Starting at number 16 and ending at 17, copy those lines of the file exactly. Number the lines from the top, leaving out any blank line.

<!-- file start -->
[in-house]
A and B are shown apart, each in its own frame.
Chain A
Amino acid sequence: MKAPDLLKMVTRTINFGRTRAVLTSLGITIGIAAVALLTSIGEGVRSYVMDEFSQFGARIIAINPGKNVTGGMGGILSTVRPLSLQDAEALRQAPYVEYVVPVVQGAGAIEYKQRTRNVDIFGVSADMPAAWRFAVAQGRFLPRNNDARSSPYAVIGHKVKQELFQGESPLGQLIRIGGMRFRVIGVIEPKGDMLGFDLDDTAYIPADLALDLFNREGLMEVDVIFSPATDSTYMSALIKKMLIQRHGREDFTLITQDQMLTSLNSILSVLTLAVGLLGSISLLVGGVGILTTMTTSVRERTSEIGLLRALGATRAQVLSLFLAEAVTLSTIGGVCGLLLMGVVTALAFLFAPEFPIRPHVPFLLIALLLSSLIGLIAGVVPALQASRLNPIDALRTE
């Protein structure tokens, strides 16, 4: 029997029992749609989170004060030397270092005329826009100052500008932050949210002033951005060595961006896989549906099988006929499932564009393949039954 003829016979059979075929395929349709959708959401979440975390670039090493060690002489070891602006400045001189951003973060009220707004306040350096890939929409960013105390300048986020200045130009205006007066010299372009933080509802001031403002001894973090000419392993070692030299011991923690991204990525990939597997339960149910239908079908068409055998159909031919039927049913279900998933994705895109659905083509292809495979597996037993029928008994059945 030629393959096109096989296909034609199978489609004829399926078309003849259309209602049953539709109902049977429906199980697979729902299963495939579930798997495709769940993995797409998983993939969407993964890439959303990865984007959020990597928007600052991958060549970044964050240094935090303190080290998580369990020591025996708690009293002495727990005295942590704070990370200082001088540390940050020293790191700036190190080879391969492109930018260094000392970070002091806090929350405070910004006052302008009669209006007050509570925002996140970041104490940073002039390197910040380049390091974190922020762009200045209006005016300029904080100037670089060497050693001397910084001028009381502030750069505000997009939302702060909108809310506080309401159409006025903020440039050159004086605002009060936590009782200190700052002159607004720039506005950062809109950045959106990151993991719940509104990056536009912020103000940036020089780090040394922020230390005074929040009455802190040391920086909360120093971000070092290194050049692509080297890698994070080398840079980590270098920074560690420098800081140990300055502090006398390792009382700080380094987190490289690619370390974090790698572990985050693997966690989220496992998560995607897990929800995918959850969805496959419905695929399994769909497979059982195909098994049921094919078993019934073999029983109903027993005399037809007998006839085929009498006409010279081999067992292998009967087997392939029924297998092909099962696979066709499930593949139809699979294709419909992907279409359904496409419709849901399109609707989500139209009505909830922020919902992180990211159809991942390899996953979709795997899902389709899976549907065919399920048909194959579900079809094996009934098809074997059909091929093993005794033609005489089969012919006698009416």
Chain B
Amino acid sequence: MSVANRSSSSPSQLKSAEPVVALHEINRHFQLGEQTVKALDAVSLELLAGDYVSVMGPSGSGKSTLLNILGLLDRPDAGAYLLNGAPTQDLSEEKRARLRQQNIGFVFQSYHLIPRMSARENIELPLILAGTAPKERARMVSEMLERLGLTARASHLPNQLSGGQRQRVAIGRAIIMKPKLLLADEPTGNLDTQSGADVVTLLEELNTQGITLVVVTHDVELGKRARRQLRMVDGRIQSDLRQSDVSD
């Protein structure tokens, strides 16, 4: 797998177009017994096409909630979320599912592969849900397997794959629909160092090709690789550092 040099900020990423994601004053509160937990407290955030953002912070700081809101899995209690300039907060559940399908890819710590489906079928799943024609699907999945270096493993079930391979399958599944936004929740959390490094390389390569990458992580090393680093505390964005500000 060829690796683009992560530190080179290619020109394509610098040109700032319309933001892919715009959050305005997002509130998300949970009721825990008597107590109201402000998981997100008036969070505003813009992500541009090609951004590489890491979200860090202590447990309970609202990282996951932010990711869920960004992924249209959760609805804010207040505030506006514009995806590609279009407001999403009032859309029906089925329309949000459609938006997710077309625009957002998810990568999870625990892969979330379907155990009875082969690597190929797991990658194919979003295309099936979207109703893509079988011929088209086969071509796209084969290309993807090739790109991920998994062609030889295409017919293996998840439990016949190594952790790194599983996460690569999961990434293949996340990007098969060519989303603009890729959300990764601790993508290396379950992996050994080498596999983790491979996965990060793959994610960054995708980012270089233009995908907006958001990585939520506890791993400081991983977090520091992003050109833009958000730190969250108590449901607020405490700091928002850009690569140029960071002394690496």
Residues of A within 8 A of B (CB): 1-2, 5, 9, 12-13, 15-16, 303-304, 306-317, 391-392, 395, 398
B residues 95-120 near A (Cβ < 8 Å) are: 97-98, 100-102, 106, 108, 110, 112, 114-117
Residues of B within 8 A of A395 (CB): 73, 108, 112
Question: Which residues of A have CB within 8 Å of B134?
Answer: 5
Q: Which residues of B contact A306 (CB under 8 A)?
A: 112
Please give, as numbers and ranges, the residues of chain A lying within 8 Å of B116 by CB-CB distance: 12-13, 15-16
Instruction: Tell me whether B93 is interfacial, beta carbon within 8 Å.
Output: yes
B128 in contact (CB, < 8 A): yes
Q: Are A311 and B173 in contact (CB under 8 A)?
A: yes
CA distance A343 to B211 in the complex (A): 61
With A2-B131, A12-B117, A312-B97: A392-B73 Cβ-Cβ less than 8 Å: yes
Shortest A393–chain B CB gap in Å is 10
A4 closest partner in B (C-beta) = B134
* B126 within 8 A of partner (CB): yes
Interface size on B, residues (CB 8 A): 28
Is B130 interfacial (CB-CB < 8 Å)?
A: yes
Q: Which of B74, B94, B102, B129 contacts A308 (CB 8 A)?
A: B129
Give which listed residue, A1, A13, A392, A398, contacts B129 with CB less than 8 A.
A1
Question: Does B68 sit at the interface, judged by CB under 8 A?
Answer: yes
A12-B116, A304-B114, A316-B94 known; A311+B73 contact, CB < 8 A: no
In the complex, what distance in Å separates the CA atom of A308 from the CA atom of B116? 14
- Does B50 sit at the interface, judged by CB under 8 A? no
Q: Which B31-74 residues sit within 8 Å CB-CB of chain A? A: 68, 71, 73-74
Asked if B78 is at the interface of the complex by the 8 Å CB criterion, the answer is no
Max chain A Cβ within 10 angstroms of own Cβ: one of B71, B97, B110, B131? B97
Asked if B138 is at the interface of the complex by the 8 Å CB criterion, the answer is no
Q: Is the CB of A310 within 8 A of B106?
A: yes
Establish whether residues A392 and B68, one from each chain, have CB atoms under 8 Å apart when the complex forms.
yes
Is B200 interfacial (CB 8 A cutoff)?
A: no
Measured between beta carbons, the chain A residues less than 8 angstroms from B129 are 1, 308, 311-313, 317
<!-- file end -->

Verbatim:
Please give, as numbers and ranges, the residues of chain A lying within 8 Å of B116 by CB-CB distance: 12-13, 15-16
Instruction: Tell me whether B93 is interfacial, beta carbon within 8 Å.